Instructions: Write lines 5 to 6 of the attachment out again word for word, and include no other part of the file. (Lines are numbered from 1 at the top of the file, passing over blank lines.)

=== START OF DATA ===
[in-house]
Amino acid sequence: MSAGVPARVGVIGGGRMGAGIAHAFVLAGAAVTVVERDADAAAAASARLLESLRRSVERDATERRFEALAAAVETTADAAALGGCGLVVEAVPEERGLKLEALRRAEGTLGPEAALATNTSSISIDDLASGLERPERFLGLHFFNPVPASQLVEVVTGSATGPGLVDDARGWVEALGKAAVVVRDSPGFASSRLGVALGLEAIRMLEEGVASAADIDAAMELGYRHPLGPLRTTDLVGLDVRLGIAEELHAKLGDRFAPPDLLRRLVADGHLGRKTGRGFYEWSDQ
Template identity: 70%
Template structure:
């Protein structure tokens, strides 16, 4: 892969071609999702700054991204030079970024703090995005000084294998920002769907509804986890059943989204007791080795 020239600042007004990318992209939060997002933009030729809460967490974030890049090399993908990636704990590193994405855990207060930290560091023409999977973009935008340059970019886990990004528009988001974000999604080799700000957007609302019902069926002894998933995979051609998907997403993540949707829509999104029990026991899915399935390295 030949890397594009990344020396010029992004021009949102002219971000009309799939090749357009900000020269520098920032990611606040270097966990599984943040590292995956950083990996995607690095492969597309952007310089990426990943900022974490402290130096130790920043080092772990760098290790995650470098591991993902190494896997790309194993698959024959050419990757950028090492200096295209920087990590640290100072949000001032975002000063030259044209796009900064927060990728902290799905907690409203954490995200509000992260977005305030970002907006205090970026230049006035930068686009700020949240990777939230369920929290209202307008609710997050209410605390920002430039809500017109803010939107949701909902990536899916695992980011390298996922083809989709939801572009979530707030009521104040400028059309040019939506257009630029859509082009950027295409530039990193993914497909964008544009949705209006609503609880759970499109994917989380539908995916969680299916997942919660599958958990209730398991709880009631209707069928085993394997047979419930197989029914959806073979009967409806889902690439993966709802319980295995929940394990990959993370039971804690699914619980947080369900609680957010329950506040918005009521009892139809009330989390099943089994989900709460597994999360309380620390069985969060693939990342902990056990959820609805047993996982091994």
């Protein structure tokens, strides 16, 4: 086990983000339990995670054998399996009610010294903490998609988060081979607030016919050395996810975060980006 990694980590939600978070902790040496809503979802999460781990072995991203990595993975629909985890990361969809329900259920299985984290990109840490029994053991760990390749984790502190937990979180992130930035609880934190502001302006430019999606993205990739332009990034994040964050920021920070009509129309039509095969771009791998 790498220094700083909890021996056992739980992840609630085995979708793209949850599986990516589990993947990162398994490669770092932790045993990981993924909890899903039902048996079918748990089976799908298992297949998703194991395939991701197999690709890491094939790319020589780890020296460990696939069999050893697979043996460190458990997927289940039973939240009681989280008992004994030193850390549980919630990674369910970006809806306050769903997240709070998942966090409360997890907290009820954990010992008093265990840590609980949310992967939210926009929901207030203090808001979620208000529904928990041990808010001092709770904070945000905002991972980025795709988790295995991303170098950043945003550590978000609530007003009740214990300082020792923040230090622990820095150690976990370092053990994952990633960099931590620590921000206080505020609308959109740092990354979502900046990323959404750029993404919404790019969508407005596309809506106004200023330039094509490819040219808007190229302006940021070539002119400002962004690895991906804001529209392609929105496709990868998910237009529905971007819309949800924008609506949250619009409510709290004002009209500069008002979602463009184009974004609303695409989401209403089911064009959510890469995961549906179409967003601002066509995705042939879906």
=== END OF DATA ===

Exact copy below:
């Protein structure tokens, strides 16, 4: 892969071609999702700054991204030079970024703090995005000084294998920002769907509804986890059943989204007791080795 020239600042007004990318992209939060997002933009030729809460967490974030890049090399993908990636704990590193994405855990207060930290560091023409999977973009935008340059970019886990990004528009988001974000999604080799700000957007609302019902069926002894998933995979051609998907997403993540949707829509999104029990026991899915399935390295 030949890397594009990344020396010029992004021009949102002219971000009309799939090749357009900000020269520098920032990611606040270097966990599984943040590292995956950083990996995607690095492969597309952007310089990426990943900022974490402290130096130790920043080092772990760098290790995650470098591991993902190494896997790309194993698959024959050419990757950028090492200096295209920087990590640290100072949000001032975002000063030259044209796009900064927060990728902290799905907690409203954490995200509000992260977005305030970002907006205090970026230049006035930068686009700020949240990777939230369920929290209202307008609710997050209410605390920002430039809500017109803010939107949701909902990536899916695992980011390298996922083809989709939801572009979530707030009521104040400028059309040019939506257009630029859509082009950027295409530039990193993914497909964008544009949705209006609503609880759970499109994917989380539908995916969680299916997942919660599958958990209730398991709880009631209707069928085993394997047979419930197989029914959806073979009967409806889902690439993966709802319980295995929940394990990959993370039971804690699914619980947080369900609680957010329950506040918005009521009892139809009330989390099943089994989900709460597994999360309380620390069985969060693939990342902990056990959820609805047993996982091994």
């Protein structure tokens, strides 16, 4: 086990983000339990995670054998399996009610010294903490998609988060081979607030016919050395996810975060980006 990694980590939600978070902790040496809503979802999460781990072995991203990595993975629909985890990361969809329900259920299985984290990109840490029994053991760990390749984790502190937990979180992130930035609880934190502001302006430019999606993205990739332009990034994040964050920021920070009509129309039509095969771009791998 790498220094700083909890021996056992739980992840609630085995979708793209949850599986990516589990993947990162398994490669770092932790045993990981993924909890899903039902048996079918748990089976799908298992297949998703194991395939991701197999690709890491094939790319020589780890020296460990696939069999050893697979043996460190458990997927289940039973939240009681989280008992004994030193850390549980919630990674369910970006809806306050769903997240709070998942966090409360997890907290009820954990010992008093265990840590609980949310992967939210926009929901207030203090808001979620208000529904928990041990808010001092709770904070945000905002991972980025795709988790295995991303170098950043945003550590978000609530007003009740214990300082020792923040230090622990820095150690976990370092053990994952990633960099931590620590921000206080505020609308959109740092990354979502900046990323959404750029993404919404790019969508407005596309809506106004200023330039094509490819040219808007190229302006940021070539002119400002962004690895991906804001529209392609929105496709990868998910237009529905971007819309949800924008609506949250619009409510709290004002009209500069008002979602463009184009974004609303695409989401209403089911064009959510890469995961549906179409967003601002066509995705042939879906």